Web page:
Thursday, 21 September 2017

Book Review: Jane of Austin, by Hillary Manton Lodge

Reviewed by Carolyn Miller

Just a few years after their father’s business scandal shatters their lives, Jane and Celia Woodward find themselves forced out of their San Francisco tea shop. The last thing Jane wants is to leave their beloved shop on Valencia Street, but when Celia insists on a move to Austin, Texas, the sisters pack up their kid sister Margot and Jane’s tea plants, determined to start over yet again.

But life in Austin isn’t all sweet tea and breakfast tacos. Their unusual living situation is challenging and unspoken words begin to fester between Jane and Celia. When Jane meets and falls for up-and-coming musician Sean Willis, the chasm grows deeper.

While Sean seems to charm everyone in his path, one person is immune – retired Marine Captain Callum Beckett. Callum never meant to leave the military, but the twin losses of his father and his left leg have returned him to the place he least expected—Texas. 

In this modern spin on the Austen classic, Sense and Sensibility, the Woodward sisters must contend with new ingredients in unfamiliar kitchens, a dash of heartbreak, and the fragile hope that maybe home isn't so far away.

Anyone who knows me knows I’m a big fan of Jane Austen and Austen adaptations, so when this book began getting some buzz I had to buy it to check it out. Jane of Austin is Sense and Sensibility set in contemporary Austin, Texas, and for those of you familiar with Elinor and Marianne Dashwood’s tale, you will enjoy seeing the nods to Austen’s original story.

I found the plot intriguing, the characters engaging (although I’m starting to wonder just how many wounded war veterans need to be glamorised as leads in romantic stories – where are the office workers and accountants?), and the use of recipes and the mention of various teas interesting. For a novel marketed as Christian I was surprised when I finished reading how few references to Christian activity I could recall, apart from the occasional prayer. It was enough to make me wonder about the ‘vanilla-isation’ of books marketed as Christian books to a Christian market, when there is little to distinguish it from a clean secular novel. Not that I’m necessarily advocating the incorporation of sermons, and do I understand this falls into the ‘rom-com’ category, but a little more wrestling with faith would be nice to see from Christian characters.


All in all, I enjoyed this book, and if you're looking for a modern adaptation of a Jane Austen classic, then you will probably enjoy it also.


Carolyn Miller lives in the beautiful Southern Highlands of New South Wales, Australia, with her husband and four children. A longtime lover of romance, especially that of the Regency era, Carolyn holds a BA in English Literature, and loves drawing readers into fictional worlds that show the truth of God’s grace in our lives. Her Regency novel 'The Elusive Miss Ellison' released in the US in February 2017, and is available at Amazon.com.auKoorong and Book Depositoryand her second novel ‘The Captivating Lady Charlotte’ released June 27 and  is available now.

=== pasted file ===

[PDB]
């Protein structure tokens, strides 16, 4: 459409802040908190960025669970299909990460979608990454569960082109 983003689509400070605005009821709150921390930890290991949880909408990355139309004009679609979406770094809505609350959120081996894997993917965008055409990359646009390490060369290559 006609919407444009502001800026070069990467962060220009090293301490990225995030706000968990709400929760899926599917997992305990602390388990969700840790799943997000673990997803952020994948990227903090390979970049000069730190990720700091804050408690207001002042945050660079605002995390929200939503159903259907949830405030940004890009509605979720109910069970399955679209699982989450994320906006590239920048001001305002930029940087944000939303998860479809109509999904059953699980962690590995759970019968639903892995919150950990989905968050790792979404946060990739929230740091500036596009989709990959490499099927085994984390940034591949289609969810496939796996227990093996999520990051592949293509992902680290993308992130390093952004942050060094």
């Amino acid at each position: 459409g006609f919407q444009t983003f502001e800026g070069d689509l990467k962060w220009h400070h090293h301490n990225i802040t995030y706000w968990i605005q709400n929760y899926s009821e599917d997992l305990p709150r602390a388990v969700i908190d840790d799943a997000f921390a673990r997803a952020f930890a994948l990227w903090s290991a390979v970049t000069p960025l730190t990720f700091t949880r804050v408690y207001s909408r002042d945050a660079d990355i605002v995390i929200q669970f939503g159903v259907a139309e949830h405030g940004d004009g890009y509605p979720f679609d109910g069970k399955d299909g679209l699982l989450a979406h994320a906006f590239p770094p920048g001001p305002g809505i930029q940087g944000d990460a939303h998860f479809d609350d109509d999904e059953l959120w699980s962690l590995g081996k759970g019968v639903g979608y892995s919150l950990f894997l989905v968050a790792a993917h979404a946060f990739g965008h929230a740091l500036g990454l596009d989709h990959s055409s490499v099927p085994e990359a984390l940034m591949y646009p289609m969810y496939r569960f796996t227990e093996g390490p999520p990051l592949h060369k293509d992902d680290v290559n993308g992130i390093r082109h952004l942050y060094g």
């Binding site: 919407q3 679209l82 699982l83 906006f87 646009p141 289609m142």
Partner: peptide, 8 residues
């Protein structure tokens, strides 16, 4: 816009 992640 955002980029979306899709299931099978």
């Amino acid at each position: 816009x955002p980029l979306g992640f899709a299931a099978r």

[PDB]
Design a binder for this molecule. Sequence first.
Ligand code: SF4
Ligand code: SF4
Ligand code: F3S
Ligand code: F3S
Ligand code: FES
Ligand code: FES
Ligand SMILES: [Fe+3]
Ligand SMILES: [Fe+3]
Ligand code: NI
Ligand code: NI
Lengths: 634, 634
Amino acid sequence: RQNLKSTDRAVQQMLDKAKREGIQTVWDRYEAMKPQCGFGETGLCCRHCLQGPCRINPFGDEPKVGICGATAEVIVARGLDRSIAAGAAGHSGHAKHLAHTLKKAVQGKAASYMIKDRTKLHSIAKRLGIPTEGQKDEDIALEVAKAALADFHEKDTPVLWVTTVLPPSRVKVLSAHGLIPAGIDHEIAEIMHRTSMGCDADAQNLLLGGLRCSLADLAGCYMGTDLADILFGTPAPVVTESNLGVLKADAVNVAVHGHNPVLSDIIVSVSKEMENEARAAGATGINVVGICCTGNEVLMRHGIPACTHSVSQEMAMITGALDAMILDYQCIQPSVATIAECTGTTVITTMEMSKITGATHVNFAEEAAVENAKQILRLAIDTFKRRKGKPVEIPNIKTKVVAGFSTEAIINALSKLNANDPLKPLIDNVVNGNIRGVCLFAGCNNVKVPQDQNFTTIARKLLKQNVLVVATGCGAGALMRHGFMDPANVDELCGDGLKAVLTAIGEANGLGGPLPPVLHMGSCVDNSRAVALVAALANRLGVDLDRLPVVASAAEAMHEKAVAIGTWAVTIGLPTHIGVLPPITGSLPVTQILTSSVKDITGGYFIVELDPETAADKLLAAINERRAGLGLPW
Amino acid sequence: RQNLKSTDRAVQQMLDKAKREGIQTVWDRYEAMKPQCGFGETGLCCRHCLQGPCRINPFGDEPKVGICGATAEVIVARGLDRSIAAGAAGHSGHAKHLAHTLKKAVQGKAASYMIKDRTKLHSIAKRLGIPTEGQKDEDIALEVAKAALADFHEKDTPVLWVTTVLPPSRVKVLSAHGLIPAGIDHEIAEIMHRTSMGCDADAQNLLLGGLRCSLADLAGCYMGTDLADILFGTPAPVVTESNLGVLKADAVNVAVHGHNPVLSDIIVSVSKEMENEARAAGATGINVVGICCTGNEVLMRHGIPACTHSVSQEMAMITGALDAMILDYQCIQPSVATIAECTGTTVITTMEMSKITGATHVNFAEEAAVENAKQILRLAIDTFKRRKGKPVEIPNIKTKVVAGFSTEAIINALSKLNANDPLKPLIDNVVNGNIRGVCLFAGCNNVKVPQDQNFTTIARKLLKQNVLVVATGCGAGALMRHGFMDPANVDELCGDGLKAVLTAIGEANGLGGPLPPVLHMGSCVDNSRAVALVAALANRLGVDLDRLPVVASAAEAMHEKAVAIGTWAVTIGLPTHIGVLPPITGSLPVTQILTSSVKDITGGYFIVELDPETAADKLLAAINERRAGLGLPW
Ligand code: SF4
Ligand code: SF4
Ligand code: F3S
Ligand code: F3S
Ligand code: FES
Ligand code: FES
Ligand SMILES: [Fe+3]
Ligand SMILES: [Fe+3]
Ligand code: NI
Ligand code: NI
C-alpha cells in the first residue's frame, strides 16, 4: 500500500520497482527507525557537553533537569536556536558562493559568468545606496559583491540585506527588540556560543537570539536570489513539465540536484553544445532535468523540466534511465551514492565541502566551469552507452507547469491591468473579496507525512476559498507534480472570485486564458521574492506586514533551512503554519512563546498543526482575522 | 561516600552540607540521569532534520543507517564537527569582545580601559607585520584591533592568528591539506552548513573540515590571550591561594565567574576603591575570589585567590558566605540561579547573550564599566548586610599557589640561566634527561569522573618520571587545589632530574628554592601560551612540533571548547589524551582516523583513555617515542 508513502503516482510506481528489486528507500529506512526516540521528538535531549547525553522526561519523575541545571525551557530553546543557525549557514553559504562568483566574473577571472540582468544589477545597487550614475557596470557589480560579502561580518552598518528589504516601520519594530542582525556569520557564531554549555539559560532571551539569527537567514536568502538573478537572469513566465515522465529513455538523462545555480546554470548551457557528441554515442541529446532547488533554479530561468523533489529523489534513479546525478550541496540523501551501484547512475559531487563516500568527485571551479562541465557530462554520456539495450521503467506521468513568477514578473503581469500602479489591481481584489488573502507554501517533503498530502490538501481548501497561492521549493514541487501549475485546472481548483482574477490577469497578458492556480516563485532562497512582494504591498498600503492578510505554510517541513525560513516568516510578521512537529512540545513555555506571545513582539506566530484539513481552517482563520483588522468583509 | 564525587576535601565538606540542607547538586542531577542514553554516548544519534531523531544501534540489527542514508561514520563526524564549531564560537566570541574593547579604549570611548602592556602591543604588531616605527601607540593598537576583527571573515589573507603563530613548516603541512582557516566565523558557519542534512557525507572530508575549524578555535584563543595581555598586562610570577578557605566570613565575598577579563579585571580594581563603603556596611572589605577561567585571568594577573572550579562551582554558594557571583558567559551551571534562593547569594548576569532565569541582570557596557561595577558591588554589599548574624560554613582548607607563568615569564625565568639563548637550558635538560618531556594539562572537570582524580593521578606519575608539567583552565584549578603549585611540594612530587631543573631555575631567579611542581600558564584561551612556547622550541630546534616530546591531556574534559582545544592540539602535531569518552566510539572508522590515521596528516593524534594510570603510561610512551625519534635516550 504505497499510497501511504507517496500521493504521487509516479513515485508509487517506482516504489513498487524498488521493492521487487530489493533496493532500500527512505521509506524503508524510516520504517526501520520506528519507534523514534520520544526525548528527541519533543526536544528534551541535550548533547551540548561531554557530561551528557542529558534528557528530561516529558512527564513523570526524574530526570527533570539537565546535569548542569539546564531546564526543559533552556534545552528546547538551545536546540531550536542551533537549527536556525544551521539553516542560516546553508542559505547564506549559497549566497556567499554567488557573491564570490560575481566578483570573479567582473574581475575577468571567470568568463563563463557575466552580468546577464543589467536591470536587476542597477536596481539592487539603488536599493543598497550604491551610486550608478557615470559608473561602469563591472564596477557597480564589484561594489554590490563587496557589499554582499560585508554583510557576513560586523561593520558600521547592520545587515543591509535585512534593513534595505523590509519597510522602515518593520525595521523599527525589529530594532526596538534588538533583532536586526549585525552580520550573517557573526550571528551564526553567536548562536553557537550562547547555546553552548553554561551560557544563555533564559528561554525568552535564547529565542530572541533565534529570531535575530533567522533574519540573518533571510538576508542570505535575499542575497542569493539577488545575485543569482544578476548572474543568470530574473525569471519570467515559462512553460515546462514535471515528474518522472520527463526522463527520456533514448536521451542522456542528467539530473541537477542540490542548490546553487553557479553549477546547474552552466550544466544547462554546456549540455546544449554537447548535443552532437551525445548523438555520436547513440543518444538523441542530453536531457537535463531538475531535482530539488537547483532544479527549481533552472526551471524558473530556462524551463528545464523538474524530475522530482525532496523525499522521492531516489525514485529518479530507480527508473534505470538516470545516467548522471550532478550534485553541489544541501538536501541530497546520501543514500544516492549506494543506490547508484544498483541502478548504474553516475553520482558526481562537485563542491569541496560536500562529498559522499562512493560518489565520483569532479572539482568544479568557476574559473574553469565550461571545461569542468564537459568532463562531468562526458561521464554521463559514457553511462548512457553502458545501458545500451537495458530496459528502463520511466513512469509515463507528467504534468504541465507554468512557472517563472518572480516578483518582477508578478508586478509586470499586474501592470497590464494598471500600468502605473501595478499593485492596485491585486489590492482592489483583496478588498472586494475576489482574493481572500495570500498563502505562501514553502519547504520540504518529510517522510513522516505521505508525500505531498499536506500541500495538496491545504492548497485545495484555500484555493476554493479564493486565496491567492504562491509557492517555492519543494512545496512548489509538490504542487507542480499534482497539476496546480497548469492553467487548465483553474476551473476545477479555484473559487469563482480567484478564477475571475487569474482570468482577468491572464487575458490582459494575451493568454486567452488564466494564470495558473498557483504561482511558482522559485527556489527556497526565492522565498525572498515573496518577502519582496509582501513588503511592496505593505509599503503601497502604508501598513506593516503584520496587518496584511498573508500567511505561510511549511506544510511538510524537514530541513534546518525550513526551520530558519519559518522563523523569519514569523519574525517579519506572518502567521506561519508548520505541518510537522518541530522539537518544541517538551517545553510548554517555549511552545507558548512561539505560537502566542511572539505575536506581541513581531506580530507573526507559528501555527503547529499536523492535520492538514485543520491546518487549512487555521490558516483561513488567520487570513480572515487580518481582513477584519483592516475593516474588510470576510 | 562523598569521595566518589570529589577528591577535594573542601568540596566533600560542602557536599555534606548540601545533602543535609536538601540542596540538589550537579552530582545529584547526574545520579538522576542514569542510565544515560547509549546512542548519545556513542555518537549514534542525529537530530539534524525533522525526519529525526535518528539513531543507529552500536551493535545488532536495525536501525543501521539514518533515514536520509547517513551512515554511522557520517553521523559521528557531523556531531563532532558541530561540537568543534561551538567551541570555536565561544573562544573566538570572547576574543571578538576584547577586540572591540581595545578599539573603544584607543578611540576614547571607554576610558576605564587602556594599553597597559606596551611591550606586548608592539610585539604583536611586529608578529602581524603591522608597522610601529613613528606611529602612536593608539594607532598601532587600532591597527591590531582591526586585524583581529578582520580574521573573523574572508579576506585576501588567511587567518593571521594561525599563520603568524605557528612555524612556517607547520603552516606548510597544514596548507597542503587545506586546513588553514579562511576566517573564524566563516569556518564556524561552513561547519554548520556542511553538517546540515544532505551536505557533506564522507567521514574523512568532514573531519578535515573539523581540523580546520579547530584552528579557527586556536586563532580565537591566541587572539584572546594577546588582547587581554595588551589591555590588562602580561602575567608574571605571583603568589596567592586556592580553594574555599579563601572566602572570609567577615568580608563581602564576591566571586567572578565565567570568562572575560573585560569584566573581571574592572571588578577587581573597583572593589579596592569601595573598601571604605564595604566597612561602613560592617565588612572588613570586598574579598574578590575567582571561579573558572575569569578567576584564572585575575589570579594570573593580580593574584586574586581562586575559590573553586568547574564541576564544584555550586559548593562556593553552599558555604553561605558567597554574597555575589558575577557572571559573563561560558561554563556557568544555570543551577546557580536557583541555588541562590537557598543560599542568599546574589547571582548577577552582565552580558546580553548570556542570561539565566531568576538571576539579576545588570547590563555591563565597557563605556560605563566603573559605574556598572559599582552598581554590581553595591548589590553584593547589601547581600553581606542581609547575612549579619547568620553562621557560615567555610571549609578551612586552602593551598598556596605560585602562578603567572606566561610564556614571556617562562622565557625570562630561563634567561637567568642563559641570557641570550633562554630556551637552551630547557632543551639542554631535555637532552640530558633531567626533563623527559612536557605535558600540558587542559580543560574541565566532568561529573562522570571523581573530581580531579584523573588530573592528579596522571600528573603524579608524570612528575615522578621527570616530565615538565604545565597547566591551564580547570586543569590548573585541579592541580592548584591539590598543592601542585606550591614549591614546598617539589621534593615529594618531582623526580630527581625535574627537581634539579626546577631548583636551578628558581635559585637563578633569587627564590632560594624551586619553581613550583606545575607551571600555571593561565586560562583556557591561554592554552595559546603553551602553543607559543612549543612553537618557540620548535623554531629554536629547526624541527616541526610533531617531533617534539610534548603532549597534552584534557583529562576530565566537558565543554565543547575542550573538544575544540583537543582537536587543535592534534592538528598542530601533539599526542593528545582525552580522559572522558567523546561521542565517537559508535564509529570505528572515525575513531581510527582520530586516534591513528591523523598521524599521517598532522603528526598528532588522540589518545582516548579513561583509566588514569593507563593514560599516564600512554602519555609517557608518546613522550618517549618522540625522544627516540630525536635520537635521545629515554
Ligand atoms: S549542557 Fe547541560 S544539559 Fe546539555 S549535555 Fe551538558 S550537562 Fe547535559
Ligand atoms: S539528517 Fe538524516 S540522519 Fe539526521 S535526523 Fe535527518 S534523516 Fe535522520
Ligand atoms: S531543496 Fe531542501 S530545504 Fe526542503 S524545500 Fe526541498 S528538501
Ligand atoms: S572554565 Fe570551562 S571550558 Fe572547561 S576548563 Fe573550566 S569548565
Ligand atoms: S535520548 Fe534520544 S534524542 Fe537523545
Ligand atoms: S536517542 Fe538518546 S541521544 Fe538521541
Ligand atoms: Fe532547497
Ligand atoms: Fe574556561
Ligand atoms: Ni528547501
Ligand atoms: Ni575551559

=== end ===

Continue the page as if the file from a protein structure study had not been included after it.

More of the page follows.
Connect with her:                    
www.carolynmillerauthor.com/                                
www.facebook.com/CarolynMillerAuthor/



6 comments:

  1. Of course you would read this book, dear Carolyn!!! Sounds intriguing. I have to agree with the novels that nod to Christianity without really seeing characters grow in their faith.

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    1. I meant to say I agree with your assessment. :)

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    2. Ha ha! I know (now) what you mean. Thanks for commenting, Rita! Xx

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  2. Being an Austen fan I was taken by the cleverness of the title of this novel. So I'm pleased to read your review, Carolyn.

    I like your term "Vanilla-isation" of faith in many Christian novels. Initially, I was surprised how common it was, however, I now appreciate that novels with a strong faith message are hard to write and I also think it reflects the state of Christian-dom.

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    1. Hi Ian. Yes, you might be right in your last comments there. I don't even think I need a strong faith message in my Christian novels - just something that distinguishes it from a clean general market book.
      Thanks for your comment!

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  3. I did start reading a book with an accountant heroine earlier this year, but I'm ashamed to say she never grabbed me as a character ... (I'm allowed to say that. I've been married to an accountant for 20+ years, so I know they can be interesting and fascinating and romantic).

    I take your point about the vanillaisation of Christian fiction. I think it can serve a purpose, but I'd like to see the Christian publishers more clearly differentiate between the novels they are publishing for Christians, and those "Christian-lite" novels they are targeting at general market readers. My next ACW review also falls in this category.

    Umm ... was there a recipe for breakfast tacos?

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